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Does Neostigmine Cause Nausea and Vomiting?

White, Paul F. PhD, MD

Letter to the Editor: In Response
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Department of Anesthesiology and Pain Management, The University of Texas Southwestern Medical Center at Dallas, Dallas, TX 75235-8894.

In Response:

As stated in the article, our data suggest that neostigmine/glycopyrrolate may contribute to nausea and vomiting in the early postoperative period. We appreciated Dr. Booke's letter pointing out a potential statistical error based on the calculated percentages of side effects in the postanesthesia care unit (PACU) (Table 4). Based on the information available in the article, we do not disagree with Dr. Boeke's calculation.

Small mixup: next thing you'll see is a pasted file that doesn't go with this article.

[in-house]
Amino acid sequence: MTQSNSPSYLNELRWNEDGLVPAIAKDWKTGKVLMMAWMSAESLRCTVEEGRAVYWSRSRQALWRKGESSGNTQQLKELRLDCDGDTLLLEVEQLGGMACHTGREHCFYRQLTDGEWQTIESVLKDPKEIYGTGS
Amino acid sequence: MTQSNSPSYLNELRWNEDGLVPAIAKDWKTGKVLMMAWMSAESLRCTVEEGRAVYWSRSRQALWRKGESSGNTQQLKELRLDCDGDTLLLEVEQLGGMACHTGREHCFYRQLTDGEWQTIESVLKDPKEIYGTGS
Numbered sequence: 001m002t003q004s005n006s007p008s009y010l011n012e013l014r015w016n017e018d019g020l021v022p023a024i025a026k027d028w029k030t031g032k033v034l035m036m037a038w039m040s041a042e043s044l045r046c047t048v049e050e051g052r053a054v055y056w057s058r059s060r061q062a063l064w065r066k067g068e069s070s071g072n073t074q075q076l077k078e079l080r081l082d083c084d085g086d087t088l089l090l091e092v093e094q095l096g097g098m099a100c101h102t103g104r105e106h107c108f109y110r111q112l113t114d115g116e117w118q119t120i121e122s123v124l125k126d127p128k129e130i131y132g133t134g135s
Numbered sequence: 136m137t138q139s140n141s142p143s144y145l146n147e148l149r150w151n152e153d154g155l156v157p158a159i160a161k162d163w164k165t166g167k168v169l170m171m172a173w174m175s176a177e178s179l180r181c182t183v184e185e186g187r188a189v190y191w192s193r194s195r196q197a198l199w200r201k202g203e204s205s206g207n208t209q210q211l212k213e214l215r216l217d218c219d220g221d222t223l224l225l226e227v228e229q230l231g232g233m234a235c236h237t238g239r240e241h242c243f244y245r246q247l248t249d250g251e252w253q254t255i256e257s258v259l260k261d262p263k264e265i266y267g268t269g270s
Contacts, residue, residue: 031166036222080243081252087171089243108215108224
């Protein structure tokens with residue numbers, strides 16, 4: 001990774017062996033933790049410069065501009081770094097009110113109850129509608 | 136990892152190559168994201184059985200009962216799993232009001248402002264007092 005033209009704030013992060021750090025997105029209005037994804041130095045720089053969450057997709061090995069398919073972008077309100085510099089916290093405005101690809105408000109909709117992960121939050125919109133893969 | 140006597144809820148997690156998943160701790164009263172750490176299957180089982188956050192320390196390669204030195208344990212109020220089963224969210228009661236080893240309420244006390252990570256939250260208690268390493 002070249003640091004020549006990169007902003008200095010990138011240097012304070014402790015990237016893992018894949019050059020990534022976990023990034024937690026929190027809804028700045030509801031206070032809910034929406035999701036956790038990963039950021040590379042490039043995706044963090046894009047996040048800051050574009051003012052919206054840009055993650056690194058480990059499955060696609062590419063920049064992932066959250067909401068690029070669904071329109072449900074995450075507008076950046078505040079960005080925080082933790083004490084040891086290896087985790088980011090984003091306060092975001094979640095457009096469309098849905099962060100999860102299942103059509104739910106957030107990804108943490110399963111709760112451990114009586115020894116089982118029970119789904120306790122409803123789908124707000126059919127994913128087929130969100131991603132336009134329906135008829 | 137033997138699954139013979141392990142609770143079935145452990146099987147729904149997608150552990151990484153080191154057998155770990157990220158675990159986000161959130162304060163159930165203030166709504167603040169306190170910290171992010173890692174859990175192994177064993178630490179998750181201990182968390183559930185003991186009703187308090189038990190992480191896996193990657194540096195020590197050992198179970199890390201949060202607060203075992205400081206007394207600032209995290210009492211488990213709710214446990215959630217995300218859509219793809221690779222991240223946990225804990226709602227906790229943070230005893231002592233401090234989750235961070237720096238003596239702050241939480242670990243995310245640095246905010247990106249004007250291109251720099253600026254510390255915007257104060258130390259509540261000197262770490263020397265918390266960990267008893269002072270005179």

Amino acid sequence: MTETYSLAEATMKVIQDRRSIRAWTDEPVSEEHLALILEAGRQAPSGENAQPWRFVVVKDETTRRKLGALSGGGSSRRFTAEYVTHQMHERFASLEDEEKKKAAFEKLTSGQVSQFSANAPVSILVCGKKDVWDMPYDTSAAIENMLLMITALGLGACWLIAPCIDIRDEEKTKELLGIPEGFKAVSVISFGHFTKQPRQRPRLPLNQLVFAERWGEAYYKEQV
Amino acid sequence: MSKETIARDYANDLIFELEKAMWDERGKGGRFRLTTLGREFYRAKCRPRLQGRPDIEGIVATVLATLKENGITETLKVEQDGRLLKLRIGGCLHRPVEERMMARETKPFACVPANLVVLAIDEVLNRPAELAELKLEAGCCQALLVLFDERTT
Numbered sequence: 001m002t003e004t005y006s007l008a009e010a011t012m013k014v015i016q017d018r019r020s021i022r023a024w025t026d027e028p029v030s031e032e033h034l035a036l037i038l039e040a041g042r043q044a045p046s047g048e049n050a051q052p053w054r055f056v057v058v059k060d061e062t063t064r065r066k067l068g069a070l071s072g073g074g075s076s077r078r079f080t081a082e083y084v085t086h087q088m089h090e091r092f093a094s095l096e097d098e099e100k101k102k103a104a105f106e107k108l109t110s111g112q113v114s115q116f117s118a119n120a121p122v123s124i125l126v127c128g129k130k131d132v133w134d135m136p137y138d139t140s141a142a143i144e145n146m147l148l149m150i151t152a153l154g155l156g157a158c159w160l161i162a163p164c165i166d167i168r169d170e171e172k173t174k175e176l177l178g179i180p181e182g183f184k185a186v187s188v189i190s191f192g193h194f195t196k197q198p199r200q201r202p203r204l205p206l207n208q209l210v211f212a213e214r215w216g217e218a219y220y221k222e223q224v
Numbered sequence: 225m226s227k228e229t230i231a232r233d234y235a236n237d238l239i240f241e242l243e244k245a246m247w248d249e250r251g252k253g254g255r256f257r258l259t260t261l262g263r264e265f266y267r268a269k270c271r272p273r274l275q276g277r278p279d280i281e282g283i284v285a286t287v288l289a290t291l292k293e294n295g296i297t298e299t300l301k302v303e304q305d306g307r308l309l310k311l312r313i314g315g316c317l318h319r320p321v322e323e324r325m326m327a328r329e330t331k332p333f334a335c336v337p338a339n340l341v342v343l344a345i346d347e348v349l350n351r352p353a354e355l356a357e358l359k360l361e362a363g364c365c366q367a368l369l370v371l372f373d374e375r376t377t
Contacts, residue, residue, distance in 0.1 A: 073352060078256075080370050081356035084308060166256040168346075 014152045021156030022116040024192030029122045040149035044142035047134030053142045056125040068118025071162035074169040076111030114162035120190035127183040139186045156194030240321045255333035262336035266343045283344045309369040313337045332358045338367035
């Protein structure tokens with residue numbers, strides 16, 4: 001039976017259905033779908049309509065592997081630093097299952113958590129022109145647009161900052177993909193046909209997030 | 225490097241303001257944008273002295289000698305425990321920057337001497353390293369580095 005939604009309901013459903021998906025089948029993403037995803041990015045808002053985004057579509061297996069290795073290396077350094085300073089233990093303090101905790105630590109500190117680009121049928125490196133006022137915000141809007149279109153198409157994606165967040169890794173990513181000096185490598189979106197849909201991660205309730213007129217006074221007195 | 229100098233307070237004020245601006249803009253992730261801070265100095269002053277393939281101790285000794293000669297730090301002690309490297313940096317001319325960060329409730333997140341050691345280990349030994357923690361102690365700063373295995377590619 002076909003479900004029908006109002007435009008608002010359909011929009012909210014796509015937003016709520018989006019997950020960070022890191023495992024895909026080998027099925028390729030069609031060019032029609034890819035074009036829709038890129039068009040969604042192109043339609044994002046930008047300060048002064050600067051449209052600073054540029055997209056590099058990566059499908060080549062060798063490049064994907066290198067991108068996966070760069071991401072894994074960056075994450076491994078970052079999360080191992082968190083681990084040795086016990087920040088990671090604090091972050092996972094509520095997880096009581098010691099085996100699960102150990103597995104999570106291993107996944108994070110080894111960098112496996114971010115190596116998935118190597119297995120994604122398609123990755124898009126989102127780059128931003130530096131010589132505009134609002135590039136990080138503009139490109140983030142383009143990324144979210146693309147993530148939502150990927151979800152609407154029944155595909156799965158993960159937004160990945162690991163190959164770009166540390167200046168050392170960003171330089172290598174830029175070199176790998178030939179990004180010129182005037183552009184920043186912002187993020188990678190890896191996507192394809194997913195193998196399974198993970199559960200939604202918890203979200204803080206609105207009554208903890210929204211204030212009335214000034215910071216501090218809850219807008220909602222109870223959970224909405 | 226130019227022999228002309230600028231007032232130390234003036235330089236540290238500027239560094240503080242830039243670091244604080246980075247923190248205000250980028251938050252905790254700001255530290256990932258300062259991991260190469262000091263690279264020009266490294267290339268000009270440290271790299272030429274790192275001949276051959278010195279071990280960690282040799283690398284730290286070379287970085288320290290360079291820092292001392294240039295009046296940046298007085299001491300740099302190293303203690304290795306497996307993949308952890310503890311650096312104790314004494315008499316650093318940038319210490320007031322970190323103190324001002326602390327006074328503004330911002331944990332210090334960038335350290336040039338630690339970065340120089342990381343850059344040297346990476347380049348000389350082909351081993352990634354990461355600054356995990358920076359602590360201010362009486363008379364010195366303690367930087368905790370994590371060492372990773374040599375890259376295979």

In reviewing these data, we found that the P value for the difference in vomiting in the PACU between Groups 2 and 3 depended upon the type of chi squared test employed. (see Table 2 and Table 3 of this letter.) When the simple chi squared test is used, the P value = 0.04. However, if the Yates continuity correction (or Fisher's exact test) is used to reanslyze these results, the P value is 0.08. Nevertheless, when we combined data for both postoperative nausea and vomiting in the PACU, the overall incidence was significantly lower in Group 2 (versus Group 3) with all three statistical tests.

Table 2

Table 2

Table 3

Table 3

Therefore, the reanalysis of these data does not alter our conclusions regarding the influence of neostigmine/glycopyrrolate on the incidence of postoperative nausea and vomiting in the PACU. As stated in the conclusion of our abstract, "The use of mivacurium without reversal drugs was associated with a decreased incidence of nausea and vomiting in the PACU."

Paul F. White, PhD, MD

Department of Anesthesiology and Pain Management, The University of Texas Southwestern Medical Center at Dallas, Dallas, TX 75235-8894

© 1995 International Anesthesia Research Society